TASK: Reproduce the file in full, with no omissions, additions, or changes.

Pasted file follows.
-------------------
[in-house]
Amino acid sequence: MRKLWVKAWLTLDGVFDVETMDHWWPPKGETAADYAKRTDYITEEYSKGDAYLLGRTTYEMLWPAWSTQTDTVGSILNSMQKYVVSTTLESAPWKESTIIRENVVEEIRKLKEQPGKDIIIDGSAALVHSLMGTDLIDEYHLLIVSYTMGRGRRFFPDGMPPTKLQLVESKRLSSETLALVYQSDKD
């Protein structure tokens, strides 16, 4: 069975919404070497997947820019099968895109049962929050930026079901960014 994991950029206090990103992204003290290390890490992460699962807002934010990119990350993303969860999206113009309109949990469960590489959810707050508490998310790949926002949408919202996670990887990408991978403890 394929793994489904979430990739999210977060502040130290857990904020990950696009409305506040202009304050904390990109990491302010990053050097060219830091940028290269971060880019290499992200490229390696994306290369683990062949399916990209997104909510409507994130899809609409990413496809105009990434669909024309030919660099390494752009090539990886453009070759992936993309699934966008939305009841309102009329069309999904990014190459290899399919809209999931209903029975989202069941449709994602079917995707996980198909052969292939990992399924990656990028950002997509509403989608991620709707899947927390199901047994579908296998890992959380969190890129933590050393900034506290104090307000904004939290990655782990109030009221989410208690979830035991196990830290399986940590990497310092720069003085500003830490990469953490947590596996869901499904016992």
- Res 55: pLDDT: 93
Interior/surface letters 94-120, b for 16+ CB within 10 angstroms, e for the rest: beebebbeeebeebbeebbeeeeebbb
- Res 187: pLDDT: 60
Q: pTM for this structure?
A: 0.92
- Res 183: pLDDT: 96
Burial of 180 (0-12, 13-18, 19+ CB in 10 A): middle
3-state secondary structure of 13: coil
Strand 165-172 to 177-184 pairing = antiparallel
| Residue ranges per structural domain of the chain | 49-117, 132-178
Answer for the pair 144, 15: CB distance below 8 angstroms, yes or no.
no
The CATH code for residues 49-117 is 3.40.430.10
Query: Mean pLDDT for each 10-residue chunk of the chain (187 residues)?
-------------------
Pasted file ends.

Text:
[in-house]
Amino acid sequence: MRKLWVKAWLTLDGVFDVETMDHWWPPKGETAADYAKRTDYITEEYSKGDAYLLGRTTYEMLWPAWSTQTDTVGSILNSMQKYVVSTTLESAPWKESTIIRENVVEEIRKLKEQPGKDIIIDGSAALVHSLMGTDLIDEYHLLIVSYTMGRGRRFFPDGMPPTKLQLVESKRLSSETLALVYQSDKD
């Protein structure tokens, strides 16, 4: 069975919404070497997947820019099968895109049962929050930026079901960014 994991950029206090990103992204003290290390890490992460699962807002934010990119990350993303969860999206113009309109949990469960590489959810707050508490998310790949926002949408919202996670990887990408991978403890 394929793994489904979430990739999210977060502040130290857990904020990950696009409305506040202009304050904390990109990491302010990053050097060219830091940028290269971060880019290499992200490229390696994306290369683990062949399916990209997104909510409507994130899809609409990413496809105009990434669909024309030919660099390494752009090539990886453009070759992936993309699934966008939305009841309102009329069309999904990014190459290899399919809209999931209903029975989202069941449709994602079917995707996980198909052969292939990992399924990656990028950002997509509403989608991620709707899947927390199901047994579908296998890992959380969190890129933590050393900034506290104090307000904004939290990655782990109030009221989410208690979830035991196990830290399986940590990497310092720069003085500003830490990469953490947590596996869901499904016992």
- Res 55: pLDDT: 93
Interior/surface letters 94-120, b for 16+ CB within 10 angstroms, e for the rest: beebebbeeebeebbeebbeeeeebbb
- Res 187: pLDDT: 60
Q: pTM for this structure?
A: 0.92
- Res 183: pLDDT: 96
Burial of 180 (0-12, 13-18, 19+ CB in 10 A): middle
3-state secondary structure of 13: coil
Strand 165-172 to 177-184 pairing = antiparallel
| Residue ranges per structural domain of the chain | 49-117, 132-178
Answer for the pair 144, 15: CB distance below 8 angstroms, yes or no.
no
The CATH code for residues 49-117 is 3.40.430.10
Query: Mean pLDDT for each 10-residue chunk of the chain (187 residues)?